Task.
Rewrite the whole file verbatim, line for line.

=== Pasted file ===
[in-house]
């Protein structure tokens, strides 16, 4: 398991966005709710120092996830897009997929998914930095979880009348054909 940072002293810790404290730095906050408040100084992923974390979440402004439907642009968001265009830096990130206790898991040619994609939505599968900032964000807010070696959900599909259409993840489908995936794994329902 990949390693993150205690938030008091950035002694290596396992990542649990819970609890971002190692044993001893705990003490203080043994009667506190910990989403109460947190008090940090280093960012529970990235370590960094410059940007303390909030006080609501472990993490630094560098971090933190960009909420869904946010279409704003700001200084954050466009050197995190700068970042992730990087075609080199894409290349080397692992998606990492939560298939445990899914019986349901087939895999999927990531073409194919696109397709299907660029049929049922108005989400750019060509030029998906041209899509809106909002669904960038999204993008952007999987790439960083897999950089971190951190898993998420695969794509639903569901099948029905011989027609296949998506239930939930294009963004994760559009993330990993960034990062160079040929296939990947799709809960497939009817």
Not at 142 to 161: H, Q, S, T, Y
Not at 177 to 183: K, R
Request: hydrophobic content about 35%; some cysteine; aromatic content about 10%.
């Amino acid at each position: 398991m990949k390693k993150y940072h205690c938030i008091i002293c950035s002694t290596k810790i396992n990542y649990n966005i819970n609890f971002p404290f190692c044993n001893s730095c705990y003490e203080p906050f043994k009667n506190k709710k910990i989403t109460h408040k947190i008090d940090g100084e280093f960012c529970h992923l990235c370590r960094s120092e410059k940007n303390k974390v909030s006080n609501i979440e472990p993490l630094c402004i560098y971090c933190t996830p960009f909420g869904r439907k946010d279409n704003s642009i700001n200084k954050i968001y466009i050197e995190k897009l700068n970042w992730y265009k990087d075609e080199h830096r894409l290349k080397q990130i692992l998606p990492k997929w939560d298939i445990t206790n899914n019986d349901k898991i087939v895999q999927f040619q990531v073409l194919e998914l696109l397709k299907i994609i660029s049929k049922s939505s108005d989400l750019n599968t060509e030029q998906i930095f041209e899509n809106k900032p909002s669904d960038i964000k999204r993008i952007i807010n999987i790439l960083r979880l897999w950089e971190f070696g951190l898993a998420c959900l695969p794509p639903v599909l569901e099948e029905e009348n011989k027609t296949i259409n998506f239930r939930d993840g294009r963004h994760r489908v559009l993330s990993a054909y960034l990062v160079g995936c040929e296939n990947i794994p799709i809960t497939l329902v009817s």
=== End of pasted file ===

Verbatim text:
[in-house]
């Protein structure tokens, strides 16, 4: 398991966005709710120092996830897009997929998914930095979880009348054909 940072002293810790404290730095906050408040100084992923974390979440402004439907642009968001265009830096990130206790898991040619994609939505599968900032964000807010070696959900599909259409993840489908995936794994329902 990949390693993150205690938030008091950035002694290596396992990542649990819970609890971002190692044993001893705990003490203080043994009667506190910990989403109460947190008090940090280093960012529970990235370590960094410059940007303390909030006080609501472990993490630094560098971090933190960009909420869904946010279409704003700001200084954050466009050197995190700068970042992730990087075609080199894409290349080397692992998606990492939560298939445990899914019986349901087939895999999927990531073409194919696109397709299907660029049929049922108005989400750019060509030029998906041209899509809106909002669904960038999204993008952007999987790439960083897999950089971190951190898993998420695969794509639903569901099948029905011989027609296949998506239930939930294009963004994760559009993330990993960034990062160079040929296939990947799709809960497939009817």
Not at 142 to 161: H, Q, S, T, Y
Not at 177 to 183: K, R
Request: hydrophobic content about 35%; some cysteine; aromatic content about 10%.
């Amino acid at each position: 398991m990949k390693k993150y940072h205690c938030i008091i002293c950035s002694t290596k810790i396992n990542y649990n966005i819970n609890f971002p404290f190692c044993n001893s730095c705990y003490e203080p906050f043994k009667n506190k709710k910990i989403t109460h408040k947190i008090d940090g100084e280093f960012c529970h992923l990235c370590r960094s120092e410059k940007n303390k974390v909030s006080n609501i979440e472990p993490l630094c402004i560098y971090c933190t996830p960009f909420g869904r439907k946010d279409n704003s642009i700001n200084k954050i968001y466009i050197e995190k897009l700068n970042w992730y265009k990087d075609e080199h830096r894409l290349k080397q990130i692992l998606p990492k997929w939560d298939i445990t206790n899914n019986d349901k898991i087939v895999q999927f040619q990531v073409l194919e998914l696109l397709k299907i994609i660029s049929k049922s939505s108005d989400l750019n599968t060509e030029q998906i930095f041209e899509n809106k900032p909002s669904d960038i964000k999204r993008i952007i807010n999987i790439l960083r979880l897999w950089e971190f070696g951190l898993a998420c959900l695969p794509p639903v599909l569901e099948e029905e009348n011989k027609t296949i259409n998506f239930r939930d993840g294009r963004h994760r489908v559009l993330s990993a054909y960034l990062v160079g995936c040929e296939n990947i794994p799709i809960t497939l329902v009817s």